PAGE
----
Even predating this rather spooky encounter was another from 1757, in which a British cleric named Edward Williams claimed that he had been playing in a field as a child with some other children when they had seen a strange procession of eight couples marching along dressed in red and measuring only a few inches in height. Oddly, each one of them had been carrying a minuscule white handkerchief in its hand. According to the report, as soon as the little folk realized that they were being watched, one of the men of the group aggressively chased the children, and it was reported that they could see a “full and clear view of his ancient, swarthy, grim complexion.” As the children ran for their lives, Williams claimed that the little people had shouted and cursed at them in some alien, unintelligible language. Williams would apparently remain perplexed by this incident his whole life, allegedly conceding, “I am forced to class it among my unknowables.”
In the 1800s there was a report of what appears to have been a whole murderous group of fairy-folk that rose up to attack witnesses. This case seems to revolve around the discovery of a “fairy fort” by a moat, that seems to have been fiercely protected by whatever magical creatures resided there. The report, related by a Clare Westropp, said thus:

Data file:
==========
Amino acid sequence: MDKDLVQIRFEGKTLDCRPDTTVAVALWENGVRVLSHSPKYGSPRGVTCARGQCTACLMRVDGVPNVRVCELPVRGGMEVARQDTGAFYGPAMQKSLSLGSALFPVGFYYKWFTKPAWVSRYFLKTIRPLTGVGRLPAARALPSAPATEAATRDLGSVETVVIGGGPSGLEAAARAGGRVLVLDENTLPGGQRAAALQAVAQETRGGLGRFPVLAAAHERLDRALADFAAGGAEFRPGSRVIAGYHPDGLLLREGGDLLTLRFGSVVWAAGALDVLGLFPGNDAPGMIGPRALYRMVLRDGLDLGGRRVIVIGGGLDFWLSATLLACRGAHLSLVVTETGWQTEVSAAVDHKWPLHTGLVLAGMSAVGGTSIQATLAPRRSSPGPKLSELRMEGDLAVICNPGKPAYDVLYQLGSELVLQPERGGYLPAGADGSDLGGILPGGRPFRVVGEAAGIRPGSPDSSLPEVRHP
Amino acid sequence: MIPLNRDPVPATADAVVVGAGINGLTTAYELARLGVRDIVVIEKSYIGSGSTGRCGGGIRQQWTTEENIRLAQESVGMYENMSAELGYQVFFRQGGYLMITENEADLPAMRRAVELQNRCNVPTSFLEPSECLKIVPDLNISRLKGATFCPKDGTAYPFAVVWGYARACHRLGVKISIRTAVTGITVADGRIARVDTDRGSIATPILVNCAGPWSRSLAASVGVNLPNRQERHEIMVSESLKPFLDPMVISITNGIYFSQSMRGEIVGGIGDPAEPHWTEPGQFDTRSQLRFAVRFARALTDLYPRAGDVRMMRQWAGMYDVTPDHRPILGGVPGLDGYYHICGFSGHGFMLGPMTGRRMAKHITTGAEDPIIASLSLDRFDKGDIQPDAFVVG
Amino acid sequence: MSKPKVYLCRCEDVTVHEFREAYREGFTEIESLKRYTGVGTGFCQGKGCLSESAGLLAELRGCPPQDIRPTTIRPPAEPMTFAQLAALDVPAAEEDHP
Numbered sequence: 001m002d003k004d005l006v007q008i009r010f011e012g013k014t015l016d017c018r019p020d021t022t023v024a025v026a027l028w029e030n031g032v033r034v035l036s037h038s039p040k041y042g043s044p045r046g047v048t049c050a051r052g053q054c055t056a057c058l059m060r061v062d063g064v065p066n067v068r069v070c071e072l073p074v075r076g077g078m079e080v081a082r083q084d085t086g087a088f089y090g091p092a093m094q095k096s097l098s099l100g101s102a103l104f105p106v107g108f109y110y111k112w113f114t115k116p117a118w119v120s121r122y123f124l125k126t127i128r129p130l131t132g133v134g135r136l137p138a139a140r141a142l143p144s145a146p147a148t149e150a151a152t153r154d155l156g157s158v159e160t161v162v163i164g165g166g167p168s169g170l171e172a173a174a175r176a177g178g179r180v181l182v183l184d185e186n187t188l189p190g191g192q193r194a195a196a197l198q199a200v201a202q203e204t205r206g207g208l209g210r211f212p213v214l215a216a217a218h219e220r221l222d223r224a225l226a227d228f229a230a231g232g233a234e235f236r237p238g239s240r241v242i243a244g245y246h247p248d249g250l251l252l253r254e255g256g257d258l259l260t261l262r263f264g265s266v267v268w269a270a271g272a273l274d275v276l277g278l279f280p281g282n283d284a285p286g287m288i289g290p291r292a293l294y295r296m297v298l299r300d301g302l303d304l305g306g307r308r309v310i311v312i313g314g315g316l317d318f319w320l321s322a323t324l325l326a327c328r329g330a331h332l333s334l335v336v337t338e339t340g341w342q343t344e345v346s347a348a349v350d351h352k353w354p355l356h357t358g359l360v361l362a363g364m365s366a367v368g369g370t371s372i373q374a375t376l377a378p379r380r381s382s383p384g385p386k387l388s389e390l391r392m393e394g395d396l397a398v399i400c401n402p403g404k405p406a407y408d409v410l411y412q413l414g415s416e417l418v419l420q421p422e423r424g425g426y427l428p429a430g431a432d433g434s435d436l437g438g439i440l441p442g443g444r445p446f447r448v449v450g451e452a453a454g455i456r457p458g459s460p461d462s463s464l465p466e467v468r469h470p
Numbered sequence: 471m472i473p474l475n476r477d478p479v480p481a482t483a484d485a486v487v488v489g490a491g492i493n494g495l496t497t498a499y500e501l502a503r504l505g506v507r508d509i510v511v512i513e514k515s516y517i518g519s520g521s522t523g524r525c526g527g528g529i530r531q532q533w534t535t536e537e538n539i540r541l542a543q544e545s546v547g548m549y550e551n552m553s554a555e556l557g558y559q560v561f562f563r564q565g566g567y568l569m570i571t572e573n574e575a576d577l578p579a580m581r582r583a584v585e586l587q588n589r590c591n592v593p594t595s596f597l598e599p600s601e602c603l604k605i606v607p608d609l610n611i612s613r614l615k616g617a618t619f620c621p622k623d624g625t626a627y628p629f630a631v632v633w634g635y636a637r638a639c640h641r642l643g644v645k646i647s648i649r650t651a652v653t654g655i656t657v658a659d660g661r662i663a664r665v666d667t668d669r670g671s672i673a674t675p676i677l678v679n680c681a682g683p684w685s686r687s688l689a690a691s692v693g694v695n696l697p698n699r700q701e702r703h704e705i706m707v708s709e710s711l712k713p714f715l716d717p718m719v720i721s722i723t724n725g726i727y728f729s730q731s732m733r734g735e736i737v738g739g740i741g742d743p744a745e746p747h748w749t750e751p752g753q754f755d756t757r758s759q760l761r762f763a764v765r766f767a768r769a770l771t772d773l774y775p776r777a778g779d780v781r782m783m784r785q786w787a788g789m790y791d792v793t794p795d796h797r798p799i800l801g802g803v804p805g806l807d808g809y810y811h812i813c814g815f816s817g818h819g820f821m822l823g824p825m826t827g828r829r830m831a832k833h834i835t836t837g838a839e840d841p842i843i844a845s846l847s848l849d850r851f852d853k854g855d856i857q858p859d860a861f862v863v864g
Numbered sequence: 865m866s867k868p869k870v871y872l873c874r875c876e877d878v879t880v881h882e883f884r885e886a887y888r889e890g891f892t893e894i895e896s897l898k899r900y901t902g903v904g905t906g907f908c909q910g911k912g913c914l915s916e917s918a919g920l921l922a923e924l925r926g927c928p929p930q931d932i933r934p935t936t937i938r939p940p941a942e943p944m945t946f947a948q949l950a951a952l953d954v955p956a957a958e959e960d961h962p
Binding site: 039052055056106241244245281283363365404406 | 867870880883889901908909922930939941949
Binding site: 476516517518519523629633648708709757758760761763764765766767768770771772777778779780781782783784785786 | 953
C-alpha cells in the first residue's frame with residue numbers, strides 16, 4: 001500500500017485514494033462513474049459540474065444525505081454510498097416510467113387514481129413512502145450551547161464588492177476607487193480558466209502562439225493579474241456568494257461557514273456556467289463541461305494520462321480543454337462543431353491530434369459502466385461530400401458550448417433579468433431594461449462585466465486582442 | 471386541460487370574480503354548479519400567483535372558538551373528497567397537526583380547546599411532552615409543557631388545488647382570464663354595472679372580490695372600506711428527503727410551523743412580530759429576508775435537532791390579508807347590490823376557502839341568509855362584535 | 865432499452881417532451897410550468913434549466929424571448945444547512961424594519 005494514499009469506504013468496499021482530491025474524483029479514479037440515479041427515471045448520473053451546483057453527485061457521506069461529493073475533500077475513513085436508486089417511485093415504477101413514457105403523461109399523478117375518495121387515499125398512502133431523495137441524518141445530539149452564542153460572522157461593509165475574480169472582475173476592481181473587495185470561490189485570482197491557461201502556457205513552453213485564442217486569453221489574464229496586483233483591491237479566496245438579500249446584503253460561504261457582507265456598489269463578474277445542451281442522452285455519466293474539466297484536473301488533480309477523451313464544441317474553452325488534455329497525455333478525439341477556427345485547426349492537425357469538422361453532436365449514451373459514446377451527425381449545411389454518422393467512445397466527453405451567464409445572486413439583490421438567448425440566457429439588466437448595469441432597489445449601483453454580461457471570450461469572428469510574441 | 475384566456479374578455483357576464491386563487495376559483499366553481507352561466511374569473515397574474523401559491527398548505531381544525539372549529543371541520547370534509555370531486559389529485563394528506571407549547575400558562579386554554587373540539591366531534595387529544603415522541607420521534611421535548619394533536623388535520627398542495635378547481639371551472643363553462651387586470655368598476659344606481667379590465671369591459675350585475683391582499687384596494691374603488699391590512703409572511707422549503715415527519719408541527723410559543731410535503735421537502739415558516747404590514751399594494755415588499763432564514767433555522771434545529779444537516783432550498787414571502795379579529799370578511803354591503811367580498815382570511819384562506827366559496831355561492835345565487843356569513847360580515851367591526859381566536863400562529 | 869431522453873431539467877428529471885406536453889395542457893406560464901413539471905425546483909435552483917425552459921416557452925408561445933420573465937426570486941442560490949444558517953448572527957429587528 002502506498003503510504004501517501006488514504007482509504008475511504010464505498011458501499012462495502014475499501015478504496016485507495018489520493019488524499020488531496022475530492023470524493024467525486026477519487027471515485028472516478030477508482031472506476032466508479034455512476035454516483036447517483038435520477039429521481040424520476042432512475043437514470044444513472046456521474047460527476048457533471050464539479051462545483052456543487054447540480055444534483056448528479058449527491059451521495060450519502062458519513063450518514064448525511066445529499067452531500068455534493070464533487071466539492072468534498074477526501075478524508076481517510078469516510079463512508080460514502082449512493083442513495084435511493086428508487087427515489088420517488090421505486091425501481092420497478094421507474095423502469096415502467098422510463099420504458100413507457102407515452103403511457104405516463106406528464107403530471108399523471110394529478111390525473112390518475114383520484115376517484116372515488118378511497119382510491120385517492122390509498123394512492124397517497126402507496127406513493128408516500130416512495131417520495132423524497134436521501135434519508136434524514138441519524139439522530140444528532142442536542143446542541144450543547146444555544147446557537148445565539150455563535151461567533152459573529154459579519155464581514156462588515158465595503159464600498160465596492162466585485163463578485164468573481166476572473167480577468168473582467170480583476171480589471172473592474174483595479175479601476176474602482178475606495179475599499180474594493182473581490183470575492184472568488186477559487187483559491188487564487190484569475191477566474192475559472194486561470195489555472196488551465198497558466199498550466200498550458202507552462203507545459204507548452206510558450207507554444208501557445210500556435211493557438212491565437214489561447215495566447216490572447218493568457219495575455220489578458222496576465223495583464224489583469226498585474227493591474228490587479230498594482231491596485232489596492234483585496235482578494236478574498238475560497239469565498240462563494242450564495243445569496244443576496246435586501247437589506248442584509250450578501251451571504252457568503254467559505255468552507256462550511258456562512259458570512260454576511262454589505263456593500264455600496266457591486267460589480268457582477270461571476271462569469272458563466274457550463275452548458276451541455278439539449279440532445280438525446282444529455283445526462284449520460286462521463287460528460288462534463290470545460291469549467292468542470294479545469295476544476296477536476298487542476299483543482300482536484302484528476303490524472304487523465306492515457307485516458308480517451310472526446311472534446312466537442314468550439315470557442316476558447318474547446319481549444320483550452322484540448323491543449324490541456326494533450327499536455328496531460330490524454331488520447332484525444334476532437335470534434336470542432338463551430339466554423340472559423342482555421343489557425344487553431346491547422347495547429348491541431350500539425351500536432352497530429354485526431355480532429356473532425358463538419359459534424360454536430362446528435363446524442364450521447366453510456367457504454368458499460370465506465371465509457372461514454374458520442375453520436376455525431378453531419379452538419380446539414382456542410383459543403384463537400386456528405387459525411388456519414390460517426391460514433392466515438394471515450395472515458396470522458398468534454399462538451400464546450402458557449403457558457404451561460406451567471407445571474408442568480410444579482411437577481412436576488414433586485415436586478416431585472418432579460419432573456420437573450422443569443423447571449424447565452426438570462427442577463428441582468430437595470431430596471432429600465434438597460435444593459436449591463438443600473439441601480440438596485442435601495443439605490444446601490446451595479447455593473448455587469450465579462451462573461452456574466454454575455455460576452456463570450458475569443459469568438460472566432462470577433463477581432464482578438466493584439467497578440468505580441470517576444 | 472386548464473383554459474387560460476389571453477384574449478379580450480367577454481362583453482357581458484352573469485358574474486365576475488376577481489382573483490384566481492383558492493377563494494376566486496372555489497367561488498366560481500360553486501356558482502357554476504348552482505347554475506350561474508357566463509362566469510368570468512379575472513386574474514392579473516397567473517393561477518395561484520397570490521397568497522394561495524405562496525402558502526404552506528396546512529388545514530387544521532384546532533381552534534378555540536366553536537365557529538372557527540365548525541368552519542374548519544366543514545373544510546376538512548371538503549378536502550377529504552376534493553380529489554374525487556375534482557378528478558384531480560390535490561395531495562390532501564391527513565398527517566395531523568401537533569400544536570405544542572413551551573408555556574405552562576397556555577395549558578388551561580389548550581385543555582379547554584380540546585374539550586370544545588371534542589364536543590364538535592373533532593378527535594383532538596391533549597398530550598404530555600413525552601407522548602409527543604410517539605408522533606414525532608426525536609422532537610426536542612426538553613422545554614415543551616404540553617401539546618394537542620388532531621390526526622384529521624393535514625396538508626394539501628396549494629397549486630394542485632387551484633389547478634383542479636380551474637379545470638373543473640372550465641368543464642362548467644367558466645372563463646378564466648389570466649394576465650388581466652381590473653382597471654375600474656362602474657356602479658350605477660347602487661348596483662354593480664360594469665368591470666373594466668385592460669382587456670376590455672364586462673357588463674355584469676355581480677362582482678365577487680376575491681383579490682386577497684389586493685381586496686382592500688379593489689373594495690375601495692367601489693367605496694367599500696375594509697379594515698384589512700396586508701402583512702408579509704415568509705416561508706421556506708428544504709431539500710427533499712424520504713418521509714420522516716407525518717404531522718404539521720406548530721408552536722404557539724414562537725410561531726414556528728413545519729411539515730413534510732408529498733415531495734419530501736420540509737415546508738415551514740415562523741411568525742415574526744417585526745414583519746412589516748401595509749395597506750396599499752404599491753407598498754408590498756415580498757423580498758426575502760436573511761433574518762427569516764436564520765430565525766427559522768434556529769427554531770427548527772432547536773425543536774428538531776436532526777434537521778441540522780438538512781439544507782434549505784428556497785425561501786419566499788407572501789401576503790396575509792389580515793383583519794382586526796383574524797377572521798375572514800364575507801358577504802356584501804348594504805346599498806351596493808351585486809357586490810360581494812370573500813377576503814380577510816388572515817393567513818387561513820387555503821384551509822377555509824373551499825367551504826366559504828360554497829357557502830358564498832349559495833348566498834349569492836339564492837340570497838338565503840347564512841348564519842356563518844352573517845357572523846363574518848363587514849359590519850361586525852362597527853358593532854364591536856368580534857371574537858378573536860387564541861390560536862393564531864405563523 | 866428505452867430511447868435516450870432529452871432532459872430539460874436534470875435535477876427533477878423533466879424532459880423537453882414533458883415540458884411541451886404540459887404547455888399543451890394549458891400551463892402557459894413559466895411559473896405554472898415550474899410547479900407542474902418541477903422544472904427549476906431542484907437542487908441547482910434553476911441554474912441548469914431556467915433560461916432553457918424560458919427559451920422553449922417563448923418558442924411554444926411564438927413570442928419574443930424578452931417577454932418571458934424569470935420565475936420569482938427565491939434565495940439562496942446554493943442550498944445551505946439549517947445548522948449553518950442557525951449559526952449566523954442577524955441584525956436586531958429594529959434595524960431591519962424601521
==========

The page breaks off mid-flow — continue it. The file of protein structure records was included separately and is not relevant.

At the natural moat crowned by the small stone ring wall of Croaghateeaun, near Lisdoonvarna, we were told to cross ourselves as a protection against the Danann. The place was, nevertheless, undoubtedly regarded by the older people living near it as a most dangerous fairy fort, and we were told how certain badger hunters, (who brought drink with them), after a long festival on its summit got benighted there; they eventually returned home sobered by fright, as they suddenly ‘saw the whole fleet’ of ‘them’ coming up the mound, and escaped only just in time.
Fairies have supposedly displayed an alarming habit of kidnapping human beings, in particular babies, and there are many such reports. One account listed on the Fairyist website details the report of a woman who in 1844 gave birth to a baby. Some time later, the infant was lying in bed with the mother and father when the mother awoke to find the baby gone. She would soon find that it had been taken by the Fairy-folk, and the report would say of the incident thus: